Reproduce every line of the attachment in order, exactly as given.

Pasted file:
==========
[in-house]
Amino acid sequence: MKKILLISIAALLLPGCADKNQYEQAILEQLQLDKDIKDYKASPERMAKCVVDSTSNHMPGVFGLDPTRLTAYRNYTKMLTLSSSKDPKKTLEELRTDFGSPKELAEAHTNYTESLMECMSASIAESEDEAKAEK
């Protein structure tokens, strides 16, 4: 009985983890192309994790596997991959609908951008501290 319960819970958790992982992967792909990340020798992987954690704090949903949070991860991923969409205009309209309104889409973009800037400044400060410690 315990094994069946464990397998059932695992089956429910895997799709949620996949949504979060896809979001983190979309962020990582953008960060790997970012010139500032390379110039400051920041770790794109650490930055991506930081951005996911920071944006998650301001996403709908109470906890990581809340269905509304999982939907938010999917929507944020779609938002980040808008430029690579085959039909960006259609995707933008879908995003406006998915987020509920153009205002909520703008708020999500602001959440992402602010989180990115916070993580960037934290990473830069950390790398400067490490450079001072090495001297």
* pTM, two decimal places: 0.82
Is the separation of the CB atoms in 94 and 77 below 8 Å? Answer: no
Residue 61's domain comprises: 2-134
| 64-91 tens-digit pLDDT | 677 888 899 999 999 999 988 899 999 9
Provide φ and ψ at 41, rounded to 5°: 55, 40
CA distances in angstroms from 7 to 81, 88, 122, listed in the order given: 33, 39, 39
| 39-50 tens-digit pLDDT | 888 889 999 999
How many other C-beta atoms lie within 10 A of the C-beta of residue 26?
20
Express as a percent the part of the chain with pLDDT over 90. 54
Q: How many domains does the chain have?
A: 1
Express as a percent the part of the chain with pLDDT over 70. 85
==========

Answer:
[in-house]
Amino acid sequence: MKKILLISIAALLLPGCADKNQYEQAILEQLQLDKDIKDYKASPERMAKCVVDSTSNHMPGVFGLDPTRLTAYRNYTKMLTLSSSKDPKKTLEELRTDFGSPKELAEAHTNYTESLMECMSASIAESEDEAKAEK
């Protein structure tokens, strides 16, 4: 009985983890192309994790596997991959609908951008501290 319960819970958790992982992967792909990340020798992987954690704090949903949070991860991923969409205009309209309104889409973009800037400044400060410690 315990094994069946464990397998059932695992089956429910895997799709949620996949949504979060896809979001983190979309962020990582953008960060790997970012010139500032390379110039400051920041770790794109650490930055991506930081951005996911920071944006998650301001996403709908109470906890990581809340269905509304999982939907938010999917929507944020779609938002980040808008430029690579085959039909960006259609995707933008879908995003406006998915987020509920153009205002909520703008708020999500602001959440992402602010989180990115916070993580960037934290990473830069950390790398400067490490450079001072090495001297």
* pTM, two decimal places: 0.82
Is the separation of the CB atoms in 94 and 77 below 8 Å? Answer: no
Residue 61's domain comprises: 2-134
| 64-91 tens-digit pLDDT | 677 888 899 999 999 999 988 899 999 9
Provide φ and ψ at 41, rounded to 5°: 55, 40
CA distances in angstroms from 7 to 81, 88, 122, listed in the order given: 33, 39, 39
| 39-50 tens-digit pLDDT | 888 889 999 999
How many other C-beta atoms lie within 10 A of the C-beta of residue 26?
20
Express as a percent the part of the chain with pLDDT over 90. 54
Q: How many domains does the chain have?
A: 1
Express as a percent the part of the chain with pLDDT over 70. 85